The baseball world is starting to take notice. "The Nationals are the sleeping giant of the NL East," Fangraphs.com's Reed MacPhil wrote this morning in an article entitled, "The NL East and Realignment":
"Provided [Stephen] Strasburg comes back close to fully healthy next year, look for the Nationals to be above .500 next year. Then in 2013 with Harper and possibly Rendon in the big leagues, the Nationals could make a serious run at the postseason."
Strasburg caught the attention of the nation last year, not only in his stunning debut, but in every start he made at home and on the road before suffering a "significant tear" of the ulnar collateral ligament in his right elbow. It wasn't just the excessive coverage by the baseball media, however, Strasburg was bringing new fans onboard the Nationals bandwagon with every start he made. " I went up there," Strasburg told members of the D.C. press corps last September, "I stirred up the baseball world well enough that it had more people becoming Nats fans and I know they're going to be there when I come back in a year."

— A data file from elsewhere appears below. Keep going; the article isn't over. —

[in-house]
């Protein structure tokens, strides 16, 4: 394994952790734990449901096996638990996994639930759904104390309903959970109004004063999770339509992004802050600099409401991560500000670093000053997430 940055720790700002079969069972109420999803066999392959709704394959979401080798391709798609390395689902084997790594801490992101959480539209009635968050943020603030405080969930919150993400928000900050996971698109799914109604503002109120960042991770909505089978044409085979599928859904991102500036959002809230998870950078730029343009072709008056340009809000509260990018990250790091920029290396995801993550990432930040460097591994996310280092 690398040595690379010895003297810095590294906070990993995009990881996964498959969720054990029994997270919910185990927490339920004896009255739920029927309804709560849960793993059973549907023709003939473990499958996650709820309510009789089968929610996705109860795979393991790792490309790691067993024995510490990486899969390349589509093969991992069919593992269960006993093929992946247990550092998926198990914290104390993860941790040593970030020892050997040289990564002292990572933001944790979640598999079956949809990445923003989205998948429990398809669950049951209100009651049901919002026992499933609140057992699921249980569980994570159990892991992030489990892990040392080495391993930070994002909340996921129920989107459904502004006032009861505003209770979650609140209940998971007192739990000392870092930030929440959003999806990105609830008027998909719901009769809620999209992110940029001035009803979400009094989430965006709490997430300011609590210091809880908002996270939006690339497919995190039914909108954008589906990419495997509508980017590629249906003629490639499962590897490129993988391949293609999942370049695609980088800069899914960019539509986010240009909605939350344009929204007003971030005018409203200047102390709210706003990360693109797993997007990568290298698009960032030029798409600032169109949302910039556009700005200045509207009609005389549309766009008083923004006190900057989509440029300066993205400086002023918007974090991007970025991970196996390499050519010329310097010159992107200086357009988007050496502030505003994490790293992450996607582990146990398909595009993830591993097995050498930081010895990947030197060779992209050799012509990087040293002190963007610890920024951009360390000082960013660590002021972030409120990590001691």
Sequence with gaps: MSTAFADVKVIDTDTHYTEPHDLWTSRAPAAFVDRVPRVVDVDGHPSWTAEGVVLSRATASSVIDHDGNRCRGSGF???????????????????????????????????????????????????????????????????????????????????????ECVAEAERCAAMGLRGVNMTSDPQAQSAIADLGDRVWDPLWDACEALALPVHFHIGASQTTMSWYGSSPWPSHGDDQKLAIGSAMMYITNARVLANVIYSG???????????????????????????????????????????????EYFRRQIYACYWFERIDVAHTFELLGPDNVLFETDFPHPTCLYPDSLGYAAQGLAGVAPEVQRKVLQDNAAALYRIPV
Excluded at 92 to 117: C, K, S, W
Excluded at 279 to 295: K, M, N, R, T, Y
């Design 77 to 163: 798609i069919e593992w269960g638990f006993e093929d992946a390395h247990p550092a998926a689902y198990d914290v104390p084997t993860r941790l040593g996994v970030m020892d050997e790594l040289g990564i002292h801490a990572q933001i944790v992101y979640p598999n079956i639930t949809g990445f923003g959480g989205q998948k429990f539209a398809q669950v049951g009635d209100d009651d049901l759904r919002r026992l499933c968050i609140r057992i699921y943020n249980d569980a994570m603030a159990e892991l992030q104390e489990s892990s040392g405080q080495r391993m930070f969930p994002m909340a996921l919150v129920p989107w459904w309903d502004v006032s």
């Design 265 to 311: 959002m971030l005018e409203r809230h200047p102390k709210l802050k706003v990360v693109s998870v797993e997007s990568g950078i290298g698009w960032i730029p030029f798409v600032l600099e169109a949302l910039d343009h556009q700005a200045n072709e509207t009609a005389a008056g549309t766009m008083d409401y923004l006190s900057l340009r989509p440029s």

The Strasburg fans, at some point in the future are going to be outnumbered by the Bryce Harper-followers. The second of the Nats' back-to-back no.1 overall picks, and the second once-in-a-generation talent Washington drafted is tearing up the Class-A competition right now and might still be a year away, but long before he was even drafted and long before he'd started his pro career he was already one of the most talked and written about players in years. If Strasburg can works his way back, and Harper can meet expectations, the Nationals will have two star players that are capable of transcending NatsTown and becoming league-wide stars.